Republican Savannah Rep. Ron Stephens sought to downplay those concerns Monday with a bill stripped of anything but sports betting.
“Like the other 33 states that do, you have to sign up, they have to guarantee you’re 21 or older, and then they can’t use a paid account,” he said. “Unlike those overseas (who) may get into debt, this is strictly a cash deal. And it’s an app on your phone. I have it on mine. And that will basically be the same people who contract with the state, the state will take 20% of every bet you make, and that will fund HOPE and pre-K and the opportunity fund Education, all education.
But the bill failed to pass the House Rules Committee on Monday, reducing its chances of receiving a full vote.
Gambling expansion is an ongoing topic of debate in the Georgia Legislature, but passage is difficult because the Georgian constitution specifically prohibits gambling with very few exceptions, which means that any action to expand the industry would require a two-thirds vote in both houses rather than a simple majority. .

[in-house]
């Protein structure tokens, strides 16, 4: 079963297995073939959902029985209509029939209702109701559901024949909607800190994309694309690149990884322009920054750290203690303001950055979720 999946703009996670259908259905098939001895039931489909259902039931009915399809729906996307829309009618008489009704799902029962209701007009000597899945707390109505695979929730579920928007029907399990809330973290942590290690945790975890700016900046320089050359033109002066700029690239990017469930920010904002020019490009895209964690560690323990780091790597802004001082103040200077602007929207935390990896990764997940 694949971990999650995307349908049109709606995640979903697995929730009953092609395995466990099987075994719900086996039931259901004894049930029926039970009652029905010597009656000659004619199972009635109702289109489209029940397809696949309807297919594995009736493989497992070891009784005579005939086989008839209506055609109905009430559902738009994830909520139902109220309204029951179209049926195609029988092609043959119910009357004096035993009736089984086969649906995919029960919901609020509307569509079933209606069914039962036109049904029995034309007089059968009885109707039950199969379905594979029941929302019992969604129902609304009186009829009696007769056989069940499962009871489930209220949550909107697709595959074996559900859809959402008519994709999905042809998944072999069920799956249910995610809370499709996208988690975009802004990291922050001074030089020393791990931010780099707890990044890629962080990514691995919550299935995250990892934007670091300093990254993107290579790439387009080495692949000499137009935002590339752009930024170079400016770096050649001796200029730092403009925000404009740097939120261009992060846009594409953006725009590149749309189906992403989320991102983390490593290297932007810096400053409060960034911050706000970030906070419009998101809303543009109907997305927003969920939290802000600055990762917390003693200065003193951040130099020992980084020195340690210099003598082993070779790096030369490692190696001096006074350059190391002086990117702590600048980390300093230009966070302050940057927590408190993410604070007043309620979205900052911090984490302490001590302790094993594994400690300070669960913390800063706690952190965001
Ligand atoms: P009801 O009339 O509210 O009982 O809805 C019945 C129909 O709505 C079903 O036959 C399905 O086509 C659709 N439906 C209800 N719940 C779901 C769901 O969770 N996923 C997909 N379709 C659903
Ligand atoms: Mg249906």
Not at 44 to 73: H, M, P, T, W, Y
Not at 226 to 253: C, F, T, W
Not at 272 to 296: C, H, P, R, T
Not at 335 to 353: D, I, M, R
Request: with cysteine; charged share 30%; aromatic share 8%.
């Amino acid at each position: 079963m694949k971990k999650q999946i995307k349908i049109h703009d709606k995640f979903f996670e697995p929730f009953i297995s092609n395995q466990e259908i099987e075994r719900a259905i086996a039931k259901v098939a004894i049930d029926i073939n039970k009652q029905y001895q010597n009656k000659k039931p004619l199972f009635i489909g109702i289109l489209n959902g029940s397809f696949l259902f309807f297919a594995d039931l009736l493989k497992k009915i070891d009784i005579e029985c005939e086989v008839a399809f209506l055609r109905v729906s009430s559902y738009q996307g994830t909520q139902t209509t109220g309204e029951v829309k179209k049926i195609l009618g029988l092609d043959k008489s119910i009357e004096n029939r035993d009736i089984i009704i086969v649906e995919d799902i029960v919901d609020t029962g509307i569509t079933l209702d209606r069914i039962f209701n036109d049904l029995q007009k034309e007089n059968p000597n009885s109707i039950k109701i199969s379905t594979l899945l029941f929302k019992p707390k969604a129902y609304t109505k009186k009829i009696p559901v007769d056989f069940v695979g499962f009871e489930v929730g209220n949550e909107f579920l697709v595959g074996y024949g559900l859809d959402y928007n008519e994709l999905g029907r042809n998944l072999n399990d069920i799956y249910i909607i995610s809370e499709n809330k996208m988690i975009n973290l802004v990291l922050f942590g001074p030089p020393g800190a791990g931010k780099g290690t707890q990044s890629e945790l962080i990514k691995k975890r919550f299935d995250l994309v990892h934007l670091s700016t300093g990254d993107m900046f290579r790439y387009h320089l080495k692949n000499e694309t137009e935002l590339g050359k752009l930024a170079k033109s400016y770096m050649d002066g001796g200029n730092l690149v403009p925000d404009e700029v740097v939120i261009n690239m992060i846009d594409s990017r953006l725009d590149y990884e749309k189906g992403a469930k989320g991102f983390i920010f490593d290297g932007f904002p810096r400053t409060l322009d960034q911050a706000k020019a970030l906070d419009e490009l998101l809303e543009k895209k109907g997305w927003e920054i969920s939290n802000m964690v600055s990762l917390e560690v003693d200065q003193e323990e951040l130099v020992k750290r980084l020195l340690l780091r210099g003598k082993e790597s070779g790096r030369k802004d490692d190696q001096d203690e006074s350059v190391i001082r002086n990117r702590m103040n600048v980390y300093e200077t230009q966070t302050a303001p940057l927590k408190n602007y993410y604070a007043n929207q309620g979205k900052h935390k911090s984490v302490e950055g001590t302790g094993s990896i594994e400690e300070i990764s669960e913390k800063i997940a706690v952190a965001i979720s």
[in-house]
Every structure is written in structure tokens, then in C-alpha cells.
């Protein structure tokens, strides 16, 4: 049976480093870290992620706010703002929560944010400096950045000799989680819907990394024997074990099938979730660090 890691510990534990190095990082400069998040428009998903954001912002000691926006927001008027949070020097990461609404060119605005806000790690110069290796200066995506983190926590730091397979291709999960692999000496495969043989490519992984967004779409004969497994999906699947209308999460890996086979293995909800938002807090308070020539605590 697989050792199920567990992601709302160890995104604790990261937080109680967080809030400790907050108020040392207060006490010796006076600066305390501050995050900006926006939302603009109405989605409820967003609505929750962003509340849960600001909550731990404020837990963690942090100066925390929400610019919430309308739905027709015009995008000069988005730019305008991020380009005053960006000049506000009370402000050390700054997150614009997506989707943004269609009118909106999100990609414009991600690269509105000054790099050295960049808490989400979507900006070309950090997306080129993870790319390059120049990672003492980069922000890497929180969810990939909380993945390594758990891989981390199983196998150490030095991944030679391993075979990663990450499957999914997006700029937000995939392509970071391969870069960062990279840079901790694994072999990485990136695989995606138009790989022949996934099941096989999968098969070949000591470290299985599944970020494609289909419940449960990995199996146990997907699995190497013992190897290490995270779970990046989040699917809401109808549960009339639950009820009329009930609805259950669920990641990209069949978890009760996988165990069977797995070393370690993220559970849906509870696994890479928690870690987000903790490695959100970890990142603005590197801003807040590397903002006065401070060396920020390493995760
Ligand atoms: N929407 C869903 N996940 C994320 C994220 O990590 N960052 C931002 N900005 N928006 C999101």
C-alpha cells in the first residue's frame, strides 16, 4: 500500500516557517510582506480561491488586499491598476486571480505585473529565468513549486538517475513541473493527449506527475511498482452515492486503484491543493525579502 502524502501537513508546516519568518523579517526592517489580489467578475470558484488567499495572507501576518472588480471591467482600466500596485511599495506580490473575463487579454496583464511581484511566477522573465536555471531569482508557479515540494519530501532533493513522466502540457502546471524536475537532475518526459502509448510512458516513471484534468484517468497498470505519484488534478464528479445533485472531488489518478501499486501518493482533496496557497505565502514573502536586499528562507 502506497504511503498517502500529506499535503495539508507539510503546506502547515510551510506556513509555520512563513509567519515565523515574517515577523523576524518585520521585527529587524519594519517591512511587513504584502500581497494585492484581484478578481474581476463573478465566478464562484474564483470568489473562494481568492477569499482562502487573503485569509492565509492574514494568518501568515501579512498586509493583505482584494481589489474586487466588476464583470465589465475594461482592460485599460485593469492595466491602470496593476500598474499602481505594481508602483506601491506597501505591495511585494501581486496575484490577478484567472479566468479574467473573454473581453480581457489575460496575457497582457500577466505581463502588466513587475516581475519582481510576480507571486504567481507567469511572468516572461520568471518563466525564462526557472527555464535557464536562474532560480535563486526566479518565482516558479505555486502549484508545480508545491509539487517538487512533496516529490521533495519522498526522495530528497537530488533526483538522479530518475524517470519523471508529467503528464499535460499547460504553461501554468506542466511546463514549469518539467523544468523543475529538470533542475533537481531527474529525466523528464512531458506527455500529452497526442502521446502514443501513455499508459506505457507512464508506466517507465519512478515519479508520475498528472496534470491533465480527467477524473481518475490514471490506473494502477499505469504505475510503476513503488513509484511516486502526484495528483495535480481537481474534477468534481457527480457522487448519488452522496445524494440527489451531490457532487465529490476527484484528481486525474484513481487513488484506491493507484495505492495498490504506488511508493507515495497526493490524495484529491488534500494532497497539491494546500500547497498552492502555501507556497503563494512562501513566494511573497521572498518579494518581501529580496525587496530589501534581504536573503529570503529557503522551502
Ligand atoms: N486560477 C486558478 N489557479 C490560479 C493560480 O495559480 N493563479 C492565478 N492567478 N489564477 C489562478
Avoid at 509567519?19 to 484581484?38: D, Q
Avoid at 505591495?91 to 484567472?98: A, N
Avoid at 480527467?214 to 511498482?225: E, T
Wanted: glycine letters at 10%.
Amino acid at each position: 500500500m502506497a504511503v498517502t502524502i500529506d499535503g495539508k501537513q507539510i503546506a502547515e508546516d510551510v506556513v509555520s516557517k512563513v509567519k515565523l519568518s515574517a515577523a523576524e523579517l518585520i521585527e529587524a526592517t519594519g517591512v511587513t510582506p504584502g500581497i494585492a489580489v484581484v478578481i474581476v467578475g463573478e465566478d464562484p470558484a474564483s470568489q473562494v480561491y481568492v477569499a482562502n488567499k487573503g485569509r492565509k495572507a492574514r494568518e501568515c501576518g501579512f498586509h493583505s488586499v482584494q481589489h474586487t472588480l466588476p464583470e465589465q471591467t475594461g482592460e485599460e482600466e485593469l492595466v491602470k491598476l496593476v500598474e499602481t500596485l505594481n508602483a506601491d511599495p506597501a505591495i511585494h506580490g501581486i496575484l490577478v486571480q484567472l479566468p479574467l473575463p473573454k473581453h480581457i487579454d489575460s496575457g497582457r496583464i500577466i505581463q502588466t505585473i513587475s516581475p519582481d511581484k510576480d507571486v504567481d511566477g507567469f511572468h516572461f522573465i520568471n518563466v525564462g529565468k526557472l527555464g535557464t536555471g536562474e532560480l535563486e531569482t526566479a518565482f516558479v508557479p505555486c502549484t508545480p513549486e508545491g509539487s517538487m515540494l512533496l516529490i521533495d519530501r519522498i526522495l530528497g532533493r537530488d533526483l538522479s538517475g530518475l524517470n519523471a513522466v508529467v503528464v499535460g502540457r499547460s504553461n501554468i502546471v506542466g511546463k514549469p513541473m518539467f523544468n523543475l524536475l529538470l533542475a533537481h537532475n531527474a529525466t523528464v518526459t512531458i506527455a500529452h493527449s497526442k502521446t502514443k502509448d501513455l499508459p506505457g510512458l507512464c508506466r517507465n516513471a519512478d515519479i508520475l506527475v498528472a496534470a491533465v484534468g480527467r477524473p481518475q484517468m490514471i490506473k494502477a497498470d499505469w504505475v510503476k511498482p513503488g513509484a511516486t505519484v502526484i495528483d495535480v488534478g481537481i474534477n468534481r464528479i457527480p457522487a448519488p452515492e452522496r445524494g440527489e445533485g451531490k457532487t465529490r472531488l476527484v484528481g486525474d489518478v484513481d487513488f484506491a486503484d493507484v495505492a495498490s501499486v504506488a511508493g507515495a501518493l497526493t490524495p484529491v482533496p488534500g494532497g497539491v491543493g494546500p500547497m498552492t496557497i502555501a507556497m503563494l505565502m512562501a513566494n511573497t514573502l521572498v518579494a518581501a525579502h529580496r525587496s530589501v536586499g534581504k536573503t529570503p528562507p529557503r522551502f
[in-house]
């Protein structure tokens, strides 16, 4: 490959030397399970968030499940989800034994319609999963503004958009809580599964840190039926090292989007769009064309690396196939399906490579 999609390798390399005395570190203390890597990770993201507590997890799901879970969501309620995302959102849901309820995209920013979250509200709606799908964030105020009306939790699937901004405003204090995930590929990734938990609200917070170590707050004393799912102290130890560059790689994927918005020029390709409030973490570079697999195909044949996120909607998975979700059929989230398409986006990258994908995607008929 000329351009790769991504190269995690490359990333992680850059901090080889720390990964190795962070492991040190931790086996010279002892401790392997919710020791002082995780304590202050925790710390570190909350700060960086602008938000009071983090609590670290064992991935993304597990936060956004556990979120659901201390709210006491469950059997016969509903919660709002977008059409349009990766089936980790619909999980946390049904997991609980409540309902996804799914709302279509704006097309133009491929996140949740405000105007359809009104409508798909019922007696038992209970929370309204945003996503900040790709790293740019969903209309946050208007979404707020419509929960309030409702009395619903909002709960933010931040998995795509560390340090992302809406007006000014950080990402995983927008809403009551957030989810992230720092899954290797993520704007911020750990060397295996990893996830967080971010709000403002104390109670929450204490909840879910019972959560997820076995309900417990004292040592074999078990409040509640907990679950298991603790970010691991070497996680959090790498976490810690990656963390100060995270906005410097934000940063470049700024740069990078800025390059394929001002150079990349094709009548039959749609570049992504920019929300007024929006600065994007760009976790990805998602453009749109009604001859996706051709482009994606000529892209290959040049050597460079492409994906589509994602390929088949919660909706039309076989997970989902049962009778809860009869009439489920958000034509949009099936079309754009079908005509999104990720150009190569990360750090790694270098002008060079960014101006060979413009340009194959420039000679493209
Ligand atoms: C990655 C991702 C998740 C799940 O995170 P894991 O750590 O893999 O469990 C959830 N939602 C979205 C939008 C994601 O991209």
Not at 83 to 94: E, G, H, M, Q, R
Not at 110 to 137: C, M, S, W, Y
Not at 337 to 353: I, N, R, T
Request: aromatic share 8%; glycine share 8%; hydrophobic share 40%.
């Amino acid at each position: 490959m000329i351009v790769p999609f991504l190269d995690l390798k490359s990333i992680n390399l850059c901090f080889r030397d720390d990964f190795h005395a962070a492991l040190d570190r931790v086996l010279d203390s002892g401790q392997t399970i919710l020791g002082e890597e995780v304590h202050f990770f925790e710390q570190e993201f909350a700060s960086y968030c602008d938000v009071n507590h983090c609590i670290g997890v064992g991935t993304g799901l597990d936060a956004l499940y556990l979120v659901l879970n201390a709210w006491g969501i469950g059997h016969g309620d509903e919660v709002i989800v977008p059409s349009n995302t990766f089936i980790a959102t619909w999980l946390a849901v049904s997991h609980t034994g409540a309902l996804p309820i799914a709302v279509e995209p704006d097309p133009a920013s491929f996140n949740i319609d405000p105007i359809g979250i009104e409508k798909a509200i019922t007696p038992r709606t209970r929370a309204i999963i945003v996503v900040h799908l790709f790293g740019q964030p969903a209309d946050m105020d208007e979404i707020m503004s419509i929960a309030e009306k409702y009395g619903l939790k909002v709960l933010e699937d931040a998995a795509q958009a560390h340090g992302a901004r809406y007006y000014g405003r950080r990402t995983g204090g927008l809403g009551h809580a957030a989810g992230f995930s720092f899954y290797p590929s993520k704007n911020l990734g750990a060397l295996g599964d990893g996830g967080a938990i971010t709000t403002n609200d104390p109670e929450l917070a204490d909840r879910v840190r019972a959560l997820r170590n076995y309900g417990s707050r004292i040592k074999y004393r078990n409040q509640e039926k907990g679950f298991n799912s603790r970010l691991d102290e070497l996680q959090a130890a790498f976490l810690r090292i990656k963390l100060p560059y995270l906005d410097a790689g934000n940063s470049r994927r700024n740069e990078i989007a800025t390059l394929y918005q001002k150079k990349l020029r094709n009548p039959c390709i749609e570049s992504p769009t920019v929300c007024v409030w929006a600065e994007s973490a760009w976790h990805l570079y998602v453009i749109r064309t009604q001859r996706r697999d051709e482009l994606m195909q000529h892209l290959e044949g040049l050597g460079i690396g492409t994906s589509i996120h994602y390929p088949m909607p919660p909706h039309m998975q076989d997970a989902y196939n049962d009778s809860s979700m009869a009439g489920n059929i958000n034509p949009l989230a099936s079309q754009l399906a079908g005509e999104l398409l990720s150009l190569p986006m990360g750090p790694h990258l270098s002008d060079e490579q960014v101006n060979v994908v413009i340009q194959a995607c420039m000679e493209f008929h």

A proposal to make it harder for women to access abortion drugs was blocked in the House on Monday.
the invoicewhich cleared the senate last month with a party line vote, would have required women to undergo an in-person exam – as well as an ultrasound – before being prescribed drugs like mifepristone. It would also have prohibited the drugs from being distributed on college campuses or sent by mail.
The GOP proposal was rejected by the committee on Friday but was delayed by an attempt to merge it with another controversial proposal requiring hospitals and nursing homes allow one hour visit during a health emergency.
The abortion measure is a response to the Biden administration’s relaxed rules that allow mail-order abortion and ease access to medication as more women turn to telemedicine for care. The Food and Drug Administration made the change permanent in December.
Proponents have called the issue a safety issue and pushed for an in-person exam, but opponents have argued Republican lawmakers are trying to create unnecessary barriers for a woman who wants to terminate her pregnancy.